Caddis Pupa Husk

When mature, caddis larvae seal themselves in a pupal chamber and metamorphose into the pupa. The mature pupa is rightly called the “Pharate Adult.” It is the adult inside the pupal husk. There has been much discussion of the appearance of the Pharate Adult as it rises to the surface to hatch out. Some say it is a shining ball of movement that rockets to the surface and emerges in a heartbeat. And that is what I thought for years–it’s what many of the books say. But after much onstream observations, reading much scientific literature, and going back and reading the accounts in angling texts, I am convinced otherwise.

The insects seen with a shining bubble appearance that pop to the surface and “hatch” in an instant are caddis females returning from egg laying. They dive or crawl to the bottom and lay eggs directly on the bottom (see Caddisflies in the archives). They carry an air bubble with them so they don’t drown, and when done, they swim to the top (assisted by the buoyancy of the air bubble; the air bubble bursts, and the adult flies off.

The Pharate Adult is dressed in a loose cuticle (the pupal skin) which is separated from the adult inside by molting fluid. This gives the Pharate Adult a bit of a glistening appearance; the cuticle hangs on the adult like a filmy negligee. My friend Will Koukkari and his colleague Tracy Anderson have provided some excellent photos of the Pharate Adult showing the filmy cuticle and its pale, almost pearlescent glow. He has graciously allowed me to post these for all to see. Thanks Will.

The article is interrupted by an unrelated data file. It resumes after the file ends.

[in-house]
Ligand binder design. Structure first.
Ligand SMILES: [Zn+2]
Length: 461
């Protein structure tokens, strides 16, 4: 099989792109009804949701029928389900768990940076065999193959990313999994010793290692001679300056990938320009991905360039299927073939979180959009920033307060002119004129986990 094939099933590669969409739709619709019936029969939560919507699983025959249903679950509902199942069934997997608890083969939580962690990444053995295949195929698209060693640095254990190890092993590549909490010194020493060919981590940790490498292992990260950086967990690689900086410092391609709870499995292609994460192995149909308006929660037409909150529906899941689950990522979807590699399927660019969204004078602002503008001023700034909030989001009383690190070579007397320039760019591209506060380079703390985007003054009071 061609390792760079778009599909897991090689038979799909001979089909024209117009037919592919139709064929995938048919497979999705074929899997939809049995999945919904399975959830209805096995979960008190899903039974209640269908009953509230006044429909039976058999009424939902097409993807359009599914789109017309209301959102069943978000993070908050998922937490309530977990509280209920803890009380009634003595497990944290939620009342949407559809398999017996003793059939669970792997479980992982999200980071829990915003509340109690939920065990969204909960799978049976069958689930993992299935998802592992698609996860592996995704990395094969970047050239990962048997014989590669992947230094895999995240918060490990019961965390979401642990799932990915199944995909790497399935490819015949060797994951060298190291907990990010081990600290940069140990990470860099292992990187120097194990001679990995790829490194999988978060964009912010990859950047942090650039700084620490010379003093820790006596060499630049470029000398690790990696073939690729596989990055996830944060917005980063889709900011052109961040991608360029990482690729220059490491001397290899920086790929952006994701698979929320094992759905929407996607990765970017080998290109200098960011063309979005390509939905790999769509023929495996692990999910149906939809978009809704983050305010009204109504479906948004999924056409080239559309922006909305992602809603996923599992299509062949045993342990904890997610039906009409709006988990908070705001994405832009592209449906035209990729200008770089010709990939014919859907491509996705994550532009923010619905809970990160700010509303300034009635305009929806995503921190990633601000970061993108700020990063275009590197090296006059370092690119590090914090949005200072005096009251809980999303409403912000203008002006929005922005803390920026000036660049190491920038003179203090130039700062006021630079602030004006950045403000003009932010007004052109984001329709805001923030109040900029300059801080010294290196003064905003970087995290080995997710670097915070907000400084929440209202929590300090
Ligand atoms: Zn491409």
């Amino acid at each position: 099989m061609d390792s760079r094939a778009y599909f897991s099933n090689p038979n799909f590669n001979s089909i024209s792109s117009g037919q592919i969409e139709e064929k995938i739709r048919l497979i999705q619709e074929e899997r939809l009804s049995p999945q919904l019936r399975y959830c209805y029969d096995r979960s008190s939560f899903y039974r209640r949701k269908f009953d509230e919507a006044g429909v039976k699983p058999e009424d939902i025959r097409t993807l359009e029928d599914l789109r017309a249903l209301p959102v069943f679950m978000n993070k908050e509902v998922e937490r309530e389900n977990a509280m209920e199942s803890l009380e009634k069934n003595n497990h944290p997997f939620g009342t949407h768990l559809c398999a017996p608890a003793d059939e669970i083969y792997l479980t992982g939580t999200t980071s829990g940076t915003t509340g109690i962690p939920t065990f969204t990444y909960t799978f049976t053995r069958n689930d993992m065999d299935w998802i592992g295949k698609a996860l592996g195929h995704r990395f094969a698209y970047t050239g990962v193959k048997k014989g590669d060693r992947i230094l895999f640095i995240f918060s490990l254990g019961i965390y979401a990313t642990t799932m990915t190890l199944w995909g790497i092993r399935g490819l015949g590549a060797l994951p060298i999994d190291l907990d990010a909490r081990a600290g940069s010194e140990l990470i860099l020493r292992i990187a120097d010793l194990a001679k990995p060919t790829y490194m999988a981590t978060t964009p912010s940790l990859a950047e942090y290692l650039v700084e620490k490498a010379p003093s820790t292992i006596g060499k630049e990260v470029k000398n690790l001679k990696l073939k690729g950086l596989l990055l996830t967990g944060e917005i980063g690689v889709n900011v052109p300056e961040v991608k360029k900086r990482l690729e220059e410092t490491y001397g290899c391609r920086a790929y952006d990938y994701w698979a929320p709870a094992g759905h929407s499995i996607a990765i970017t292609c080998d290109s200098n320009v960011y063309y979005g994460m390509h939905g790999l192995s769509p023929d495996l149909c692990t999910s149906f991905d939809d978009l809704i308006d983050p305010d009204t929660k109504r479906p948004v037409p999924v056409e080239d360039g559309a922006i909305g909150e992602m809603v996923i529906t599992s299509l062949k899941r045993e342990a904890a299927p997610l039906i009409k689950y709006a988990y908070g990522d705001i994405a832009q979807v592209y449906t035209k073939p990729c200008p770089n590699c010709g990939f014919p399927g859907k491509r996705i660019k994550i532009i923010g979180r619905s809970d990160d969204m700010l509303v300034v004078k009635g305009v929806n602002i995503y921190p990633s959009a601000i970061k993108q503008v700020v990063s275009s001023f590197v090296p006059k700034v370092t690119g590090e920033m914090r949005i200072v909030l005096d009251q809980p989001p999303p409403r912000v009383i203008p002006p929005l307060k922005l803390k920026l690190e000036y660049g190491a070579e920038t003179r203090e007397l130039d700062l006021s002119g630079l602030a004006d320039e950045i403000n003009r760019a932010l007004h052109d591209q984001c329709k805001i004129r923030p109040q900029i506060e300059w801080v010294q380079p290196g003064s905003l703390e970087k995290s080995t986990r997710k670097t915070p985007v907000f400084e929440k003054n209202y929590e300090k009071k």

Abdomen of Glossoma intermedium abdomen showing cuticle

Abdomen of Glossoma intermedium showing cuticle, copyright WLK

Head of Glossoma intermedium showing cuticle--note specifically legs and eyes

Head of Glossoma intermedium showing cuticle--note specifically legs and eyes, copyright WLK


  1. Paul Roberts says:

    Hi Gary,

    Gary Lafontaine described caddis pupae as generating gasses within the cuticle to buoy them to the surface, and shining like quicksilver in the process. Do you think that what Gary LaFontaine observed as caddis pupae glistening silver were actually diving egg layers?


  2. Gary Borger says:

    Hi Paul, No one that I know of in the scientific literature has seen caddis pupa pumped full of gasses. They have seen and clearly showed that there is molting fluid between the pupal husk and the enclosed adult and that it makes the pupa glisten. The diving adults certainly have a encasing air bubble, which may in fact be the reason that some anglers believe that the caddis emergence is instantaneous. When an egg laying female is finished ovipositing, she lets go of the bottom and rides swiftly to the surface in an air bubble. At the surface the air bubble bursts and the female flies away–looking for all the world like a caddis that has emerged in an instant. I’ve watched the actual molting any number of times, and it takes them several seconds to get out of the husk and get the wings expanded and ready to fly.